Now, I may be looking at around $1500 to $3000 if I get everything repaired at my local truck shop with their parts. If I were to do it myself, I'd be looking at between $50 to $500, all depending on the cost of a decent used engine air compressor. Coolant leaks can be fixed free with parts on hand. Maybe a few extra hundred if I have too much oil in my air dryer.
Now, to give you an upper hand, and a piece of advice I was given by users on here but failed to heed, was to buy a ScanGauge. Little 2 line LCD thing that plugs into your vehicles computers dash port, and displays all kinds of data. Speed, temperatures, it's basically 4 extra gauges. It also shows error codes. You could get a OBD equivialnt reader for the bus for around the same price, or get a scangauge and be able to read the codes, and once you buy a bus you'll have extra gauges (or accurate gauges for comparison against faulty dash gauges). Would have been wonderful in my searches instead of trying to count those darn engine diagnostic light patterns and beeps.
They cannot sell what is not listed. The people at the lots you'll be working with have no control over what prices are listed and which vehicles are for sale, although as I stated earlier they may be able to give a discount. Always ask them for their opinions, and make sure to listen if they advise against a certain bus on their lot. Know what smoke could come from where and what each color/smell means. Learn about the DT466 and DT444, maybe the CAT if you are looking for a rear end pusher. Know what parts you'll want working great, and which parts you'll be ripping off anyways. Specifics will be based on which engine/drivetrain/bus type you personally want, so I won't list them all here (and since I only know about the DT466 since that's the one I have).
Keep everything you rip out of the bus and check the selling price on it. I threw away (literally, in the garbage) around $1000 of video equipment, seats, and electrical components. Only later did I discover that many of these items fetch a decent price, some more, some less. A few hundred from seats if you take them to your local scrappy, up to $500 if you luck out and get the guardian system with the cameras in a NC bus. $100 for just the cameras on a good day, and likely only to someone looking to replace them in a school bus. From the hardware I pulled out, the guardian did have GPS but no CDMA/GSM capabilities. Butt whacker and stop sign arm assembly also fetch a decent price $100 or more.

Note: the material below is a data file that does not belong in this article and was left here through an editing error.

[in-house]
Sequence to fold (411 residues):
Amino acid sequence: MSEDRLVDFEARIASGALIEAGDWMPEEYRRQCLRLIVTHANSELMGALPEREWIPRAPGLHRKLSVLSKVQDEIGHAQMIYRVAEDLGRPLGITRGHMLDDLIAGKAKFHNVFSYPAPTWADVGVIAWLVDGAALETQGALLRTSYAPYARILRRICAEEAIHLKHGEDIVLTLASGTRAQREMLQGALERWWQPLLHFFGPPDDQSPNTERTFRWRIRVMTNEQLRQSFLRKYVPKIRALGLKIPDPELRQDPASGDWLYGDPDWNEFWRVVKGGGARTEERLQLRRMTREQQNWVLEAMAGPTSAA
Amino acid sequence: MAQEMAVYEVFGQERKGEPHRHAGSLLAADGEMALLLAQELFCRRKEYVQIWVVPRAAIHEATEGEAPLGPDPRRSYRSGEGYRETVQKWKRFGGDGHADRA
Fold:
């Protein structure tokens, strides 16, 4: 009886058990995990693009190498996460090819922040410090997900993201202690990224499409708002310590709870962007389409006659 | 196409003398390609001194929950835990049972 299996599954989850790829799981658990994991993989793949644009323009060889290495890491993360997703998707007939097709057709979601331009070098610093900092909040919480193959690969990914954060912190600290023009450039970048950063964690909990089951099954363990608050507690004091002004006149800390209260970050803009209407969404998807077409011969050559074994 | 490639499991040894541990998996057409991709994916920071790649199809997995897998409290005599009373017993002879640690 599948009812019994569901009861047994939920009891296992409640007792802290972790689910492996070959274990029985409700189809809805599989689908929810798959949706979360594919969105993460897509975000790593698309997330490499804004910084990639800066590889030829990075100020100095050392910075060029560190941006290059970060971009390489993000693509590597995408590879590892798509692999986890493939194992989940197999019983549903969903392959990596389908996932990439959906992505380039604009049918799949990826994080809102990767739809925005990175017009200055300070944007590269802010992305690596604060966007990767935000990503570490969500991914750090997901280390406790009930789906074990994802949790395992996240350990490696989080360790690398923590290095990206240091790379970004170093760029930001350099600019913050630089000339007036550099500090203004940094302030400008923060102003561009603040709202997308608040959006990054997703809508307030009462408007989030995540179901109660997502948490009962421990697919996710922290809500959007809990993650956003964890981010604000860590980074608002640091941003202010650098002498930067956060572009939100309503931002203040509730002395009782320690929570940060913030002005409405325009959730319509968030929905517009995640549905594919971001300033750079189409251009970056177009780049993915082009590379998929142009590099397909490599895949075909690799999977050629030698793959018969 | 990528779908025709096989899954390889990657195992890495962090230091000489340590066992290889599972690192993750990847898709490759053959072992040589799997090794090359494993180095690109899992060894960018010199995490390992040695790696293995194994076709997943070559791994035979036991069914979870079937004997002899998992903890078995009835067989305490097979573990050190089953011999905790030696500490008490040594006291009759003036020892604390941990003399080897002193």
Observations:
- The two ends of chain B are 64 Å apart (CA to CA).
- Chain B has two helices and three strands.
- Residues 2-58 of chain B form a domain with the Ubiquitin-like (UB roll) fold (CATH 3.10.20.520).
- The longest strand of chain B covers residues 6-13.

They don't have a large amount of short buses for sale unfortunately. And while they had a few activity buses running a great drivetrain combo and lovely storage space underside, they were not for sale. I did not see a single school bus (yellow, not white activity) on the lots or for sale that had underbelly storage.
As for leaks with the massive amounts of rain, they were actually pretty darn good. Two days I went looking it was raining quite a lot (to the point we used an umbrella, not light misting). The only buses that had issues with leaking were the Vistas (like the one I bought, and turns out it was the center of the three yellow navigation lights on the top front of the bus). The only ones that had water damage were the ones that had a broken window that couldn't close. Only one of these was bad, there was visible standing water in the entire bus almost. The others just had rain getting in from the door being partially cracked open. This was one of the ones they told me to pass on. MY bus has only the front window leaks, and Vistas are notorious for that anyways so a design problem, not upkeep issue. I did know to inspect the top hatches for leaks, and much to my surprise I didn't see any sign on most. A few had spots where water was or had leaked in a small amount, but negligible. Still advisable to pull these out and replace them anyways, but you absolutely don't want any water damage. Luckily for you, we have 5 days of rain coming up, so narrowing down potential buses won't be hard. Easy to spot those leaks and recent water issues.